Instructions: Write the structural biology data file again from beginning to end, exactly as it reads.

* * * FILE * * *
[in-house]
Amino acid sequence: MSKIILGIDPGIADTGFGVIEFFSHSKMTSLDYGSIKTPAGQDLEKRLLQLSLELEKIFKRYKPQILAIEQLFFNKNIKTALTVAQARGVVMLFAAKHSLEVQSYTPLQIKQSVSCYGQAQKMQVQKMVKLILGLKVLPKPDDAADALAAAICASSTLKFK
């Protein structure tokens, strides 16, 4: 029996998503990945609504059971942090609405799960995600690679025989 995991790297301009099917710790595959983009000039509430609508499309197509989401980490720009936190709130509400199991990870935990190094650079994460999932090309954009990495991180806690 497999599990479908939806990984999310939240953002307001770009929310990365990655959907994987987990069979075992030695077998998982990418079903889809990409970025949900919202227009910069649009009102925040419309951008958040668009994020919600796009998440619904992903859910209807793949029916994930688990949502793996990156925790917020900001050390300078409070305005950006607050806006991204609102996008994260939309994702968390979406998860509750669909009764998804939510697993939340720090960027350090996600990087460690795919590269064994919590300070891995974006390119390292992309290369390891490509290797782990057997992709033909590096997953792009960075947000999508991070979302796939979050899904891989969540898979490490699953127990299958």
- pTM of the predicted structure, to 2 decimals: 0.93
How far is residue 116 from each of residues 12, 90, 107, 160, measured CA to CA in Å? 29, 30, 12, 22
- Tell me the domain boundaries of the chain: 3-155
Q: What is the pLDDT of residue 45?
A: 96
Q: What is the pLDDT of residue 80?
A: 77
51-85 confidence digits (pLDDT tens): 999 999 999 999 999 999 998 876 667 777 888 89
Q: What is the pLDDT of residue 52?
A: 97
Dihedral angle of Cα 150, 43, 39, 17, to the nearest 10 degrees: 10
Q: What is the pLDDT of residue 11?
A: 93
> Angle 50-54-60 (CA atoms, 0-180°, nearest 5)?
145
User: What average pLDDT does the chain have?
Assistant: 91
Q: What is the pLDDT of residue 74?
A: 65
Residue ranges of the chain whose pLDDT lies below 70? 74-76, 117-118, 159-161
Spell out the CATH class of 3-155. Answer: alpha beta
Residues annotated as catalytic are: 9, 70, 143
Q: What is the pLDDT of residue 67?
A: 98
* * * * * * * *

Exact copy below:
[in-house]
Amino acid sequence: MSKIILGIDPGIADTGFGVIEFFSHSKMTSLDYGSIKTPAGQDLEKRLLQLSLELEKIFKRYKPQILAIEQLFFNKNIKTALTVAQARGVVMLFAAKHSLEVQSYTPLQIKQSVSCYGQAQKMQVQKMVKLILGLKVLPKPDDAADALAAAICASSTLKFK
């Protein structure tokens, strides 16, 4: 029996998503990945609504059971942090609405799960995600690679025989 995991790297301009099917710790595959983009000039509430609508499309197509989401980490720009936190709130509400199991990870935990190094650079994460999932090309954009990495991180806690 497999599990479908939806990984999310939240953002307001770009929310990365990655959907994987987990069979075992030695077998998982990418079903889809990409970025949900919202227009910069649009009102925040419309951008958040668009994020919600796009998440619904992903859910209807793949029916994930688990949502793996990156925790917020900001050390300078409070305005950006607050806006991204609102996008994260939309994702968390979406998860509750669909009764998804939510697993939340720090960027350090996600990087460690795919590269064994919590300070891995974006390119390292992309290369390891490509290797782990057997992709033909590096997953792009960075947000999508991070979302796939979050899904891989969540898979490490699953127990299958």
- pTM of the predicted structure, to 2 decimals: 0.93
How far is residue 116 from each of residues 12, 90, 107, 160, measured CA to CA in Å? 29, 30, 12, 22
- Tell me the domain boundaries of the chain: 3-155
Q: What is the pLDDT of residue 45?
A: 96
Q: What is the pLDDT of residue 80?
A: 77
51-85 confidence digits (pLDDT tens): 999 999 999 999 999 999 998 876 667 777 888 89
Q: What is the pLDDT of residue 52?
A: 97
Dihedral angle of Cα 150, 43, 39, 17, to the nearest 10 degrees: 10
Q: What is the pLDDT of residue 11?
A: 93
> Angle 50-54-60 (CA atoms, 0-180°, nearest 5)?
145
User: What average pLDDT does the chain have?
Assistant: 91
Q: What is the pLDDT of residue 74?
A: 65
Residue ranges of the chain whose pLDDT lies below 70? 74-76, 117-118, 159-161
Spell out the CATH class of 3-155. Answer: alpha beta
Residues annotated as catalytic are: 9, 70, 143
Q: What is the pLDDT of residue 67?
A: 98